We took the many children to the local arcade/bowling alley/roller skating rink to celebrate my son’s 9th birthday. Upon arriving, the arcade is the first part of the arena you hit, so we spent some time there first. As we entered, there was one of those merry-go-round horse rides for toddlers my almost-two-year-old was mesmerized by. “Orse!” she kept saying until I put her on it.
I dropped in a quarter. Nothing happened. I shook the ‘ride’. I hit the quarter-return. Still nothing.
I walked over to the guy behind the prize desk (yes, it ended up being one of those arcades with tickets and prizes), and told him about the problem. He walked me over to the “orseys” and fed the machine a quarter, and magically it worked. My child smiled. A lot. And for that two minutes, life was good.
Until it stopped.
She begged me for another ride on the “orse”. This time my four-year-old joined her, along with their three-year-old cousin. “More! More!” they were chanting. I coughed up another quarter. Yet again it did not start. This time I went over to the counter, waiting for a second or two while the guy helped customers already there. This time, he didn’t walk me over, he told me that sometimes it’s ‘tempermental’ and handed me two quarters. I’m guessing one of the quarters was for the quarter I lost, and the other was for our trouble.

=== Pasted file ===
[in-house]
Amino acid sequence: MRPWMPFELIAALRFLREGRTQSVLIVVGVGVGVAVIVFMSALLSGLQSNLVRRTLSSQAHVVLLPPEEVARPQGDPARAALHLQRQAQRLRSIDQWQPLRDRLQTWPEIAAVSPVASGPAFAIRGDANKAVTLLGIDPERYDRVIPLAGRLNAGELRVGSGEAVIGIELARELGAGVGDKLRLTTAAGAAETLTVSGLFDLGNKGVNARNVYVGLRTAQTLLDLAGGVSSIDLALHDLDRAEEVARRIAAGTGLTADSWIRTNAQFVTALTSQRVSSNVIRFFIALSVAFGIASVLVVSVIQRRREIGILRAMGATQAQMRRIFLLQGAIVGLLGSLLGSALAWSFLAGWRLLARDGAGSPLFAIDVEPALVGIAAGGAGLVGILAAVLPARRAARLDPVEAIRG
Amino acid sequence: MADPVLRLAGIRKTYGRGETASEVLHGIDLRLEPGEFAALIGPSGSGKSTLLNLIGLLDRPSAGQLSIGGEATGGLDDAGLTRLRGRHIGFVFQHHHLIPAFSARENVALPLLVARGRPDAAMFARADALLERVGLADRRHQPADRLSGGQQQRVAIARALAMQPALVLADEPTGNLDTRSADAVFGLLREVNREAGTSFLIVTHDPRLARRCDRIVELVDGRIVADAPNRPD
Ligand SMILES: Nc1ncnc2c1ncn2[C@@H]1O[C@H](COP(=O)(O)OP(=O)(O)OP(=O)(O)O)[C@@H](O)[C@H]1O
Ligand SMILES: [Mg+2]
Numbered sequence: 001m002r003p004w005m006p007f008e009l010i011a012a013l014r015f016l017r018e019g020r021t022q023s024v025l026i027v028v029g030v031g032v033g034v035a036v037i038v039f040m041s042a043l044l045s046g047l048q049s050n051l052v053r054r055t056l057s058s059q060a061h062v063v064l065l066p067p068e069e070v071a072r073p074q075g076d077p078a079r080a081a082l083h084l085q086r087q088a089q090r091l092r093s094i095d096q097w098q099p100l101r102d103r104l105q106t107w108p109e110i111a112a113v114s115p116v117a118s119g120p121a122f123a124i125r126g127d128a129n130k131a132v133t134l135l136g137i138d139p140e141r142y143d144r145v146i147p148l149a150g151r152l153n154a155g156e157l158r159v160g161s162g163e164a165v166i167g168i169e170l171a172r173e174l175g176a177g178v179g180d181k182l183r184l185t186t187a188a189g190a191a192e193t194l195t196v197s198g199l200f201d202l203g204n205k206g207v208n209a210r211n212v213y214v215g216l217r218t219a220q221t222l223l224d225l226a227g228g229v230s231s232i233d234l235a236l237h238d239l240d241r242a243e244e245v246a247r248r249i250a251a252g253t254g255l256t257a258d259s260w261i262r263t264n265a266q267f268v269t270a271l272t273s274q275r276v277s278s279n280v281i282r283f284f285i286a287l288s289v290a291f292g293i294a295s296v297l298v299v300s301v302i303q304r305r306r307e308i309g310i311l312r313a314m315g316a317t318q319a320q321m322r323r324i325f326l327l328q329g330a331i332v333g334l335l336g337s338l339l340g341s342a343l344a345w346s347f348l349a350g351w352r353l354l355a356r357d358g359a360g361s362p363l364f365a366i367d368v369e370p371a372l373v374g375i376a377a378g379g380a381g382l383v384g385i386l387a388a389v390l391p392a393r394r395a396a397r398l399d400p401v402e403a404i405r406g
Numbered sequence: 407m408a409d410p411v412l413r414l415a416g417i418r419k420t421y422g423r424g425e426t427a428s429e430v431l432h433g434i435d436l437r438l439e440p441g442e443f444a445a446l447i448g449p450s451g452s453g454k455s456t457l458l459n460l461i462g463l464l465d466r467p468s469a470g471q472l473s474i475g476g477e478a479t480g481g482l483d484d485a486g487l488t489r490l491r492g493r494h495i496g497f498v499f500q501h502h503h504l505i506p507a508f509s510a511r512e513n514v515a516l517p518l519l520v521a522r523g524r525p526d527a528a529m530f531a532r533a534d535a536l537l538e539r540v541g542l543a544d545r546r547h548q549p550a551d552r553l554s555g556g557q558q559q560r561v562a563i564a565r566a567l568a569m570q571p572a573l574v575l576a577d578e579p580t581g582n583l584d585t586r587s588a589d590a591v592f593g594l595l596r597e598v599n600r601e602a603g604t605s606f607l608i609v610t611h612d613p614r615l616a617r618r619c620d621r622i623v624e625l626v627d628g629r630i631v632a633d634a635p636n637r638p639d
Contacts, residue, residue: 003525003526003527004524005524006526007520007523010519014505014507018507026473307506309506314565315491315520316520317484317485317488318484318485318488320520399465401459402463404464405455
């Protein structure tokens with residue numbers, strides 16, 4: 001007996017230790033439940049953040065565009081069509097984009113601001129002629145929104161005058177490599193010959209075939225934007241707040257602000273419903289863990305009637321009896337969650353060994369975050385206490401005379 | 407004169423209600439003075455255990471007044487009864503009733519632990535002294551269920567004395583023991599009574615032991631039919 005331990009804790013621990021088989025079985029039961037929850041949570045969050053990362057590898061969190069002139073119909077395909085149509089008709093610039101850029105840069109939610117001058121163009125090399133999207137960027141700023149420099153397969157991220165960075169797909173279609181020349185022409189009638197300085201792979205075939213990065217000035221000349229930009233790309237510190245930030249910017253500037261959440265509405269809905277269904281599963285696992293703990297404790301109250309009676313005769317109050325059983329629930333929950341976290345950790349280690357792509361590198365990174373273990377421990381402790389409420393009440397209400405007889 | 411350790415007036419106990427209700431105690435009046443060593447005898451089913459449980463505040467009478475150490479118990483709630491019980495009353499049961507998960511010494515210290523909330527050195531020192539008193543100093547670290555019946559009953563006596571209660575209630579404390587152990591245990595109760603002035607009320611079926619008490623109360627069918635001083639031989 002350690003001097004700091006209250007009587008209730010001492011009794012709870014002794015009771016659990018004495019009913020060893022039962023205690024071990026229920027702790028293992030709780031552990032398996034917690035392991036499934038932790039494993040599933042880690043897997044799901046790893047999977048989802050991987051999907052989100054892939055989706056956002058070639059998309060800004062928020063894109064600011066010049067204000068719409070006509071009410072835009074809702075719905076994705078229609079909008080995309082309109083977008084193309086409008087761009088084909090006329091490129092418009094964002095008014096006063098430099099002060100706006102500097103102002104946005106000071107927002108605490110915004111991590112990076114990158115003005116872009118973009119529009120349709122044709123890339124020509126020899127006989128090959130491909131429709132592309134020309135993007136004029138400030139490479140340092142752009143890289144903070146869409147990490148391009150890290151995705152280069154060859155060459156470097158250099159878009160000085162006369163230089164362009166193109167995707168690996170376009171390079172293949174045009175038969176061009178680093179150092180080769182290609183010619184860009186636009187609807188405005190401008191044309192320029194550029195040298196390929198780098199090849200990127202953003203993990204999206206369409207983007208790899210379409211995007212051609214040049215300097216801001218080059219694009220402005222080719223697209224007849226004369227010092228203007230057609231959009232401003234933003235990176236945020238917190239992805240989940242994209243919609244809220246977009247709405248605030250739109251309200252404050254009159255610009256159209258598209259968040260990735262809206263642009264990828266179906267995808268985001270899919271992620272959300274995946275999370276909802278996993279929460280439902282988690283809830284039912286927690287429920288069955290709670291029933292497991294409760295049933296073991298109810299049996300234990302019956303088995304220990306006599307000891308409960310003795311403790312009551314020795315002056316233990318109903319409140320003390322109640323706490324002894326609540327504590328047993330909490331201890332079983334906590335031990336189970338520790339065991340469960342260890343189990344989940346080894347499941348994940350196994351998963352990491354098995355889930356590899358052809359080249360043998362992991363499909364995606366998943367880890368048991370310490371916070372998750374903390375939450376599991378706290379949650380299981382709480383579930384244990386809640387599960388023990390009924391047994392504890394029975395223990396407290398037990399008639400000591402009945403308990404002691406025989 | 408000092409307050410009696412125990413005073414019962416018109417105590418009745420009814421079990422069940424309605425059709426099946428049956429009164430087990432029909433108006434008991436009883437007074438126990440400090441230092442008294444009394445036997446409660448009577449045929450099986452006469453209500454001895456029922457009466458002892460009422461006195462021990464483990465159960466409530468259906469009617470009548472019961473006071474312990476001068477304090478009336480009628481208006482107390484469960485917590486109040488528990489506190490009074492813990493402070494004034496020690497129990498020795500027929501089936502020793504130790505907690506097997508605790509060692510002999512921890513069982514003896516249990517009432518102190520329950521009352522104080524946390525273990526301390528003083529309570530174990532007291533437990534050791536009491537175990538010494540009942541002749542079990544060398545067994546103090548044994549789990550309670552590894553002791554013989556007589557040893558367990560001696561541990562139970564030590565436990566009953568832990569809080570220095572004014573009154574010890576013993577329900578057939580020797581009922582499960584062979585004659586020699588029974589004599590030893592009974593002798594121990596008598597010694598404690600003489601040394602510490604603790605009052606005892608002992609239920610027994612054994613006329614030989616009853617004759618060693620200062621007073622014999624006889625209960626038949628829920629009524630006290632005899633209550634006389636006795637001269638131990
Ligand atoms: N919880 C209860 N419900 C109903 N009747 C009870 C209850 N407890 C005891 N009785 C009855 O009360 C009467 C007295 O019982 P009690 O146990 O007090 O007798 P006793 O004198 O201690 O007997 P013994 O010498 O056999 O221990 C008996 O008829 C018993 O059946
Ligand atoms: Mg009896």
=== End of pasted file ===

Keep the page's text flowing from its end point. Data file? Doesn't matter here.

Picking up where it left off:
Upon entering the replacement quarter in the ‘orseys’, it again started, and smiles and laughter ensued once again, and life was good once more.
Call me sentimental, and over-emotional, but I was almost in tears. Something about my kids and her smile and these silly “orseys” were just making me melt there in the middle of the loud arcade.
Luckily after this go around, she decided she wanted to check out the rest of the arcade, so we explored other things, and Skee Ball looked like fun for her, especially when she saw others playing and throwing balls, it intrigued her, so that is where we decided to spend our free quarter.
Happily she sit on the ramp while rolling the balls back to herself, since her throws weren’t hard enough. We spent a good amount of time there, while she tried to throw balls into other lanes, stealing other’s balls, climbing the ramp, chasing her balls down as they ran behind her. Time was in a stand still while she marveled at her playing the ball game, throwing, chasing, giggling maniacally through it all, lather, rinse, repeat.
It did my heart good.
Toddler happiness – for the price of a free quarter.